If a Bad Guy wanted to take advantage of people on a web page, couldn’t links be mislabeled; for example, a “No” button might actually be “Yes,” or “Don’t Accept” means “Accept,” etc.? In all the discussion over spoofing, etc., I’ve never heard anything about this type of trickery. I know that fake URLs can be spotted by close examination, but what about buttons that do the opposite of how they’re labeled? Is this something that happens?
It’s technically possible but why should it? If a site wants to do something regardless of user desire, it can just do it. Unless it’s something the site doesn’t have control of, like getting your location from the browser or access to your microphone.
One similar example from history was the time that MacKeeper put up a web site claiming to be ClamXav with a big green download button that resulted in MacKeeper being installed instead. They did the same to MacPaw’s CleanMyMac back then.
It might be a good way to influence a poll!
Thanks…I was wondering why we never hear about it; now I’m wondering how much goes on without our knowing about it!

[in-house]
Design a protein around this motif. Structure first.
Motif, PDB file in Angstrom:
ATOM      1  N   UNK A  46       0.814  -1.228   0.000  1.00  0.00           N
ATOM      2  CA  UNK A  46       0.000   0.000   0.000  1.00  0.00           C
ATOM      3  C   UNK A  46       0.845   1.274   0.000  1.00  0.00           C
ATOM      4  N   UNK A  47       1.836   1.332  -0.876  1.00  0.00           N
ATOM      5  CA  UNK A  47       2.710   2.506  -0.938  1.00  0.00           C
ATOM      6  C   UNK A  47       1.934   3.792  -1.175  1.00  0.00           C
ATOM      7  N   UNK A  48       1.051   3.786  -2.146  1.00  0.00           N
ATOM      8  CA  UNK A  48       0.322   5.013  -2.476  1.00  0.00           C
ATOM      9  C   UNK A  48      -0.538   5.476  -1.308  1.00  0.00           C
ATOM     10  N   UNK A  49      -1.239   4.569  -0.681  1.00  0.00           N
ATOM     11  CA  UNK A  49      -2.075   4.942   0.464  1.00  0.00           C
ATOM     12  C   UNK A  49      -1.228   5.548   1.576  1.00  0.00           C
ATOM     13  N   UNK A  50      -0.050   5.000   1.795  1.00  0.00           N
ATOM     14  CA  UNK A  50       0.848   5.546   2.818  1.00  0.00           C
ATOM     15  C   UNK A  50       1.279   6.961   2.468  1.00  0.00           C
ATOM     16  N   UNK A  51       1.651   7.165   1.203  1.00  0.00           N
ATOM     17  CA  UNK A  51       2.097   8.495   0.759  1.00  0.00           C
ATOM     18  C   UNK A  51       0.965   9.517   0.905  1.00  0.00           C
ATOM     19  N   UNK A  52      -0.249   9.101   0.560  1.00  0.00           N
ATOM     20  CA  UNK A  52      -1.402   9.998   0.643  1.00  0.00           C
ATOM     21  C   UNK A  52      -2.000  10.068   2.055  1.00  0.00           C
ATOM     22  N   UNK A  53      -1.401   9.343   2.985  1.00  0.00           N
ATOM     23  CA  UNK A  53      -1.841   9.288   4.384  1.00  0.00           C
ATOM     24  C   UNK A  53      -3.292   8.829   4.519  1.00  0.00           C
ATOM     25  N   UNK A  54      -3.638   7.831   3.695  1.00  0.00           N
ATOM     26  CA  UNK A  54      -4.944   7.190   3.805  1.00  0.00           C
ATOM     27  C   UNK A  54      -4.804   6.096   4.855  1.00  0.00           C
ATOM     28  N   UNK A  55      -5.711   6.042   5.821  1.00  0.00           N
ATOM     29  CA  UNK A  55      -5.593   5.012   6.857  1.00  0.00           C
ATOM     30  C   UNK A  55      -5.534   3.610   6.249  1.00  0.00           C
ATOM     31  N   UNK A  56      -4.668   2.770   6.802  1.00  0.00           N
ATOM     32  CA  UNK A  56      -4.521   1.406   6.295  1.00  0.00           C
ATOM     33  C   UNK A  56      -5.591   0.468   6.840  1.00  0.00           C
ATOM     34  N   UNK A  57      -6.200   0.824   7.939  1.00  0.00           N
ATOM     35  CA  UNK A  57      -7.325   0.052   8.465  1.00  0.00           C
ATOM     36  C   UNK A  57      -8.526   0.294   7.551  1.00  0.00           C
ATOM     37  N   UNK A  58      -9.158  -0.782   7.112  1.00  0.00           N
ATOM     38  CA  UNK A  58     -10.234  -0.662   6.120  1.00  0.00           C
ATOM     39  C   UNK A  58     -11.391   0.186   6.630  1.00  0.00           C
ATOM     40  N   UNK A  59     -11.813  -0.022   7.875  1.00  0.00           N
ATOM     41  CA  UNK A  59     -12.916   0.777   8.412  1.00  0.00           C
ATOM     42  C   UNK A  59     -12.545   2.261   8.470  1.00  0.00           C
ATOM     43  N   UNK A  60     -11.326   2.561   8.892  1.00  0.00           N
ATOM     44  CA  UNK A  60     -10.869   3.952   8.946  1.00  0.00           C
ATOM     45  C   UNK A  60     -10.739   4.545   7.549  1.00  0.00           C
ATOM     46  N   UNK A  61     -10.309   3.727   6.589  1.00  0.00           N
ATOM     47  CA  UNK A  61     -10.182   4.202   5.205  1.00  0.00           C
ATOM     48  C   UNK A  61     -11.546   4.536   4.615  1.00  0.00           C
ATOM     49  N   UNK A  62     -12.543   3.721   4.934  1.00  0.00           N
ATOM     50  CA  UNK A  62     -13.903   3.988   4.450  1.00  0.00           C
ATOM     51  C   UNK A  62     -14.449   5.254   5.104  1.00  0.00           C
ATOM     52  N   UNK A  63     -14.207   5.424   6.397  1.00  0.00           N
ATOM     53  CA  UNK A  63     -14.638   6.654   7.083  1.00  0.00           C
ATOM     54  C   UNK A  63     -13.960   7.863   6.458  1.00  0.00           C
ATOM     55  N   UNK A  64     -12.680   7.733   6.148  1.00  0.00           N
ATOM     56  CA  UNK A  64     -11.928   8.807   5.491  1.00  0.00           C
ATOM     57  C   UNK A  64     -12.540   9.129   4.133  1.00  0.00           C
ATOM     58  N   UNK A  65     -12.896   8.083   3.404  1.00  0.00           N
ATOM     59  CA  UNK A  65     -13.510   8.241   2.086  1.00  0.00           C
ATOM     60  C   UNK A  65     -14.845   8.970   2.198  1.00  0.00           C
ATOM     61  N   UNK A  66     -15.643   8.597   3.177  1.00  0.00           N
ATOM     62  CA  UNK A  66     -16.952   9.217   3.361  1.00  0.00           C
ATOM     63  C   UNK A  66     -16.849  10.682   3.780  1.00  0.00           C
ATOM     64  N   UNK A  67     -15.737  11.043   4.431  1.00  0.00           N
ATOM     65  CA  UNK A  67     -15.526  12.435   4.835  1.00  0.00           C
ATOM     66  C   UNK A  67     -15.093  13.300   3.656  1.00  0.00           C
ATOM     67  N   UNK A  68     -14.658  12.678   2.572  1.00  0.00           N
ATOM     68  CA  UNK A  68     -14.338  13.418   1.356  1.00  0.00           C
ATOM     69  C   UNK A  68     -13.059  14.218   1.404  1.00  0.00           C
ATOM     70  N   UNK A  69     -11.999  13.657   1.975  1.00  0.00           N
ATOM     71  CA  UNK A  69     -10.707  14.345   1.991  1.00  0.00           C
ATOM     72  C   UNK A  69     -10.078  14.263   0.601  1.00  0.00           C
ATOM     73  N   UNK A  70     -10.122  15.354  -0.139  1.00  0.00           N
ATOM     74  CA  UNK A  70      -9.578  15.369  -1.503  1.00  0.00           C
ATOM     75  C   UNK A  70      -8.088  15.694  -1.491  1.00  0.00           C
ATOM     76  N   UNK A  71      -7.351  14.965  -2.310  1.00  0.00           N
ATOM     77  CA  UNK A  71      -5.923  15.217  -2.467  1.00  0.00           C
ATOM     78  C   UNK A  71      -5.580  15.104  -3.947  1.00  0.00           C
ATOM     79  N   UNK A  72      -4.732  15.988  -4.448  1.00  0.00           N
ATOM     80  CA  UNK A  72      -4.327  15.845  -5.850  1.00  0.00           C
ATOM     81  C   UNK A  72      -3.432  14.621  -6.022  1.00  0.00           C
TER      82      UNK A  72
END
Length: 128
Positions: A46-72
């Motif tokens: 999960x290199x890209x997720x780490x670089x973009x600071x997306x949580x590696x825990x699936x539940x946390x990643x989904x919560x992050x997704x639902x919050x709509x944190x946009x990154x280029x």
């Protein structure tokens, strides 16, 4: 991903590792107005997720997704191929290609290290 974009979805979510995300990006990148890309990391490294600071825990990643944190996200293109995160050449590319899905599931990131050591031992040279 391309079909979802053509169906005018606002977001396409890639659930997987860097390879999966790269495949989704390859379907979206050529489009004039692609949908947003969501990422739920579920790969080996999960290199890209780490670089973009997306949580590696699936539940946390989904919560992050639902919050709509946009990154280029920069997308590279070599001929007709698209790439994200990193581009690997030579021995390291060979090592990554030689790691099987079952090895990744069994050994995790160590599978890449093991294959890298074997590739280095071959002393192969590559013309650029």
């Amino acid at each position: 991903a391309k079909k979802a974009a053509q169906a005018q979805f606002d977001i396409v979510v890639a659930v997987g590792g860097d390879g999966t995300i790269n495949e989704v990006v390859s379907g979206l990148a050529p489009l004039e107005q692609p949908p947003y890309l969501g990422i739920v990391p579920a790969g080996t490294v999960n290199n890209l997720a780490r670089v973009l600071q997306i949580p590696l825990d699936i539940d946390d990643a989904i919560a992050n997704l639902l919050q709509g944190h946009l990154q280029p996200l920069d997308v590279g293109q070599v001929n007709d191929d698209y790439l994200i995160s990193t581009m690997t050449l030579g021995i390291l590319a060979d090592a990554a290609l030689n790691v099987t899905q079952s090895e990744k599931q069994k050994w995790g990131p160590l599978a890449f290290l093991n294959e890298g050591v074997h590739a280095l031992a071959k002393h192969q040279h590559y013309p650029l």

If the link is on the poll site, again, they can make the poll results whatever they want. The problem with web-based polls is less often deception by who’s running the poll and more often by coordinated people (or person using bots) voting to change the outcome to something other than what it would be if there were one person, one vote.
The code for a poll should not be written so that simply following a link results in a vote being cast, especially not a link clicked on a different site.
Unfortunately, there are many sites with deceptive download links. They’re mostly just a nuisance but one does need to pay attention to file names before double-clicking on them and there are some sites that are so sketchy that nothing should be downloaded from them. They’re most common on sites for downloading something which itself at least frowned upon (software piracy, copyright infringement, porn, game cheats, etc.)